Ally, Bree, and Jack have almost nothing in common. Ally’s parents have been working for years to prepare the isolated Moon Shadow campground for a predicted total solar eclipse. She and her brother, Kenny, homeschool, and Ally is far more interested in astronomy and her work at the campground than in clothes, hair, or boyfriends. Bree, in contrast, is an “‘A’ clique” city girl determined to build a career as a model, while dissociating herself from her nerdy family as much as possible. Jack, shy and unsure of himself, has learned that his preference for drawing over homework has earned him a ticket to summer school.
But the eclipse is due soon, and things are changing. Jack is invited to trade summer school for a job as his science teacher’s assistant on an eclipse tour. Bree’s parents are taking over Moon Shadow for the next three years in order to do research, so Bree will be homeschooling in the woods while Ally goes to school in Chicago. All three are challenged in their perceptions regarding who they are and what they’re capable of, but two weeks together, waiting for the eclipse, gives them a chance to learn from each other and process these new ideas.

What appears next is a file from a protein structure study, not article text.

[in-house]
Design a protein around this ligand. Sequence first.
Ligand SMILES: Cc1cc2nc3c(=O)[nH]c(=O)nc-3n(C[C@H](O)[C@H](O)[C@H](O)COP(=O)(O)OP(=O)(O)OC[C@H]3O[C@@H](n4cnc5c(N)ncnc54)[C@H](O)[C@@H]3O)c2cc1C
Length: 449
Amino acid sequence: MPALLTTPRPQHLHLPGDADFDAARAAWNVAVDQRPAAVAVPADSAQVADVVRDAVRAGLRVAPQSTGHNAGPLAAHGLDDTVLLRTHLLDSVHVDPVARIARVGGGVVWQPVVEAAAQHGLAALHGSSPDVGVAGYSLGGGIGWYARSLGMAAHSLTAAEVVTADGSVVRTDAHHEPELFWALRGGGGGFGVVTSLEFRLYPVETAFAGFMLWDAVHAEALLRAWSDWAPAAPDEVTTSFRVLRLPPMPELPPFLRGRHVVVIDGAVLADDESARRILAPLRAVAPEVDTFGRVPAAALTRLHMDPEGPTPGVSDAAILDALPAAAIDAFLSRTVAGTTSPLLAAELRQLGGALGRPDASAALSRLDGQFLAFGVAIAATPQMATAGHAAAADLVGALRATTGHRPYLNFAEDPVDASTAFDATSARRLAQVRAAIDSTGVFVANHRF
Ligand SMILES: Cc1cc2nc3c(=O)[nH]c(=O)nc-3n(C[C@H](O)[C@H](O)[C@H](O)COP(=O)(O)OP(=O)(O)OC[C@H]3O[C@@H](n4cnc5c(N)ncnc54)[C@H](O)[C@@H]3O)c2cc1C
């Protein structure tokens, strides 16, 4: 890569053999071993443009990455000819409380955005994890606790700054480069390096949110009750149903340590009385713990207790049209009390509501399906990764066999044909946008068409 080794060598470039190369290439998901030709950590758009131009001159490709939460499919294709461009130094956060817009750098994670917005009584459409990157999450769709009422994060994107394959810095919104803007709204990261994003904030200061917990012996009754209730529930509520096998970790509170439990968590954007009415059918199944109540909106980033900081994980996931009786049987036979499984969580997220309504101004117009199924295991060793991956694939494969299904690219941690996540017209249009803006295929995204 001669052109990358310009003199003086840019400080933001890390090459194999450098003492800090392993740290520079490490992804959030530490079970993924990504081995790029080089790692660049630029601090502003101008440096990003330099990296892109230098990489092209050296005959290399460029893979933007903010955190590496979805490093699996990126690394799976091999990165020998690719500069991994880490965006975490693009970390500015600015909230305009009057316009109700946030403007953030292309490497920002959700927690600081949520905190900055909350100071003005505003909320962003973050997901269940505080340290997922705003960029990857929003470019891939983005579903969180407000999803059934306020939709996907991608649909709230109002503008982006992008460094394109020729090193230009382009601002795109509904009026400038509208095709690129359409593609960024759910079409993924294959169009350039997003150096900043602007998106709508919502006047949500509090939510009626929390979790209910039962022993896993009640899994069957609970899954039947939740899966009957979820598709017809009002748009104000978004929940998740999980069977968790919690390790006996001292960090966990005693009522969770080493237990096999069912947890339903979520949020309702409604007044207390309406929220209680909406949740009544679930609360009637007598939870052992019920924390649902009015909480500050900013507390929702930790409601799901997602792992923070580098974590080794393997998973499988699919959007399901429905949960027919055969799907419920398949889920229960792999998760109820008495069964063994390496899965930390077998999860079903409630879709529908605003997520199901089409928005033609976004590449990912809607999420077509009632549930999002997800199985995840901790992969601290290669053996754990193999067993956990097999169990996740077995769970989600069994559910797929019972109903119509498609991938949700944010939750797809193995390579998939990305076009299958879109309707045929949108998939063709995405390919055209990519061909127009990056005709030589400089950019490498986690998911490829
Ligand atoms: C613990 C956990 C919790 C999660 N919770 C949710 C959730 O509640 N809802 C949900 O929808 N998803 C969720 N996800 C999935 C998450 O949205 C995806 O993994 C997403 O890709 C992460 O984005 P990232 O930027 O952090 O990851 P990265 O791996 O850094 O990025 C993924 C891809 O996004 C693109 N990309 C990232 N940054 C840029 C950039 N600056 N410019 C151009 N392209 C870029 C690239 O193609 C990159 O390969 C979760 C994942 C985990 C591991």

Mass creates engaging and likeable characters who demonstrate genuine growth, dependent in large part on an unlikely but believable friendship between the three protagonists. The secondary characters (the girls’ younger siblings and Ally’s friend, Ryan) are also well developed, active players in the story–so much so that it almost seemed odd that they weren’t given a voice. With this in mind, I think that readers as young as ten, especially those with an interest in astronomy, would quite enjoy the novel, without its feeling too young for early teen readers.
Watch a video of a total solar eclipse: